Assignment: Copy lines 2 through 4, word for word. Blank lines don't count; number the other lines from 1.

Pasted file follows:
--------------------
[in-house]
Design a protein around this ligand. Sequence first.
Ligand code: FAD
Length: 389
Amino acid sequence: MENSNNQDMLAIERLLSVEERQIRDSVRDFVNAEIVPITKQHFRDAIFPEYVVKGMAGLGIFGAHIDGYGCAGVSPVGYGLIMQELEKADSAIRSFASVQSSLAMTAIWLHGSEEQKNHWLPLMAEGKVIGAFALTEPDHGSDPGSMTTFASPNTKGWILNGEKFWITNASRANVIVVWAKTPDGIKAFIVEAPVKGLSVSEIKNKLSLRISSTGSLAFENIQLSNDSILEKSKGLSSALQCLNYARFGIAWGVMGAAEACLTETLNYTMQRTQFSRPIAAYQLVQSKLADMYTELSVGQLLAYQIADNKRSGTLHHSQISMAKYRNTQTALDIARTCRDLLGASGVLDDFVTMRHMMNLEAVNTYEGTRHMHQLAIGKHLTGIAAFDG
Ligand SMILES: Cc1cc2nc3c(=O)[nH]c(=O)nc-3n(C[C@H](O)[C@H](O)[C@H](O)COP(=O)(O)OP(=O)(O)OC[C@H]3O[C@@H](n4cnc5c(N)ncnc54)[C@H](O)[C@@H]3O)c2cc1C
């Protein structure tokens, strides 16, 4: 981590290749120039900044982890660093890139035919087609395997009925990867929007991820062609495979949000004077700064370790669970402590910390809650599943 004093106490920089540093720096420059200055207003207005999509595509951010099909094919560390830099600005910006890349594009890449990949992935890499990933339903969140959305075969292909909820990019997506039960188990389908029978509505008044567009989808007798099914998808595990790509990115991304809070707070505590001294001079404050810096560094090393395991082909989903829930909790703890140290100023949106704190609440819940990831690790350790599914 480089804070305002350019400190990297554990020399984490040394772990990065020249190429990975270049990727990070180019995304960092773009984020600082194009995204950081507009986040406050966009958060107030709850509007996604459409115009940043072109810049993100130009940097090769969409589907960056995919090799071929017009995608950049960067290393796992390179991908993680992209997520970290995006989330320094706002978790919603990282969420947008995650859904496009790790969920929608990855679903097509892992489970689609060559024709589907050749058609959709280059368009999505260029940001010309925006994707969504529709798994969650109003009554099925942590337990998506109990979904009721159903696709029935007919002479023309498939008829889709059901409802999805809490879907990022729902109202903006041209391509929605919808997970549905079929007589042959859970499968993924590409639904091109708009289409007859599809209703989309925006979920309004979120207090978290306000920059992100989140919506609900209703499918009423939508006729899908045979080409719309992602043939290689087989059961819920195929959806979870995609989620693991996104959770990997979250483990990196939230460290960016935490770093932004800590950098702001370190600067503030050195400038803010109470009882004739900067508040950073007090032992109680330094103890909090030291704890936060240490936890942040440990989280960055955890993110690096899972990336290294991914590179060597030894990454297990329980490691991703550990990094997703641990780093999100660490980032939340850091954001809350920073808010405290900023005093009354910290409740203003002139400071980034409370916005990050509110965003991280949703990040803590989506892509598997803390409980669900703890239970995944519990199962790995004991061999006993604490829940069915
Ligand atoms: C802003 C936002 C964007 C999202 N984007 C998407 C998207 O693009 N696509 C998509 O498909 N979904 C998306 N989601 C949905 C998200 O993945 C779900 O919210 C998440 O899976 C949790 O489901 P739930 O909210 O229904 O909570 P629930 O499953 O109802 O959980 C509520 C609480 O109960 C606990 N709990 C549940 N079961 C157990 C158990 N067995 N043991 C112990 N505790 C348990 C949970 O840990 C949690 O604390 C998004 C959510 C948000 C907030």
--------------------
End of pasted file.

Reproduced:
Design a protein around this ligand. Sequence first.
Ligand code: FAD
Length: 389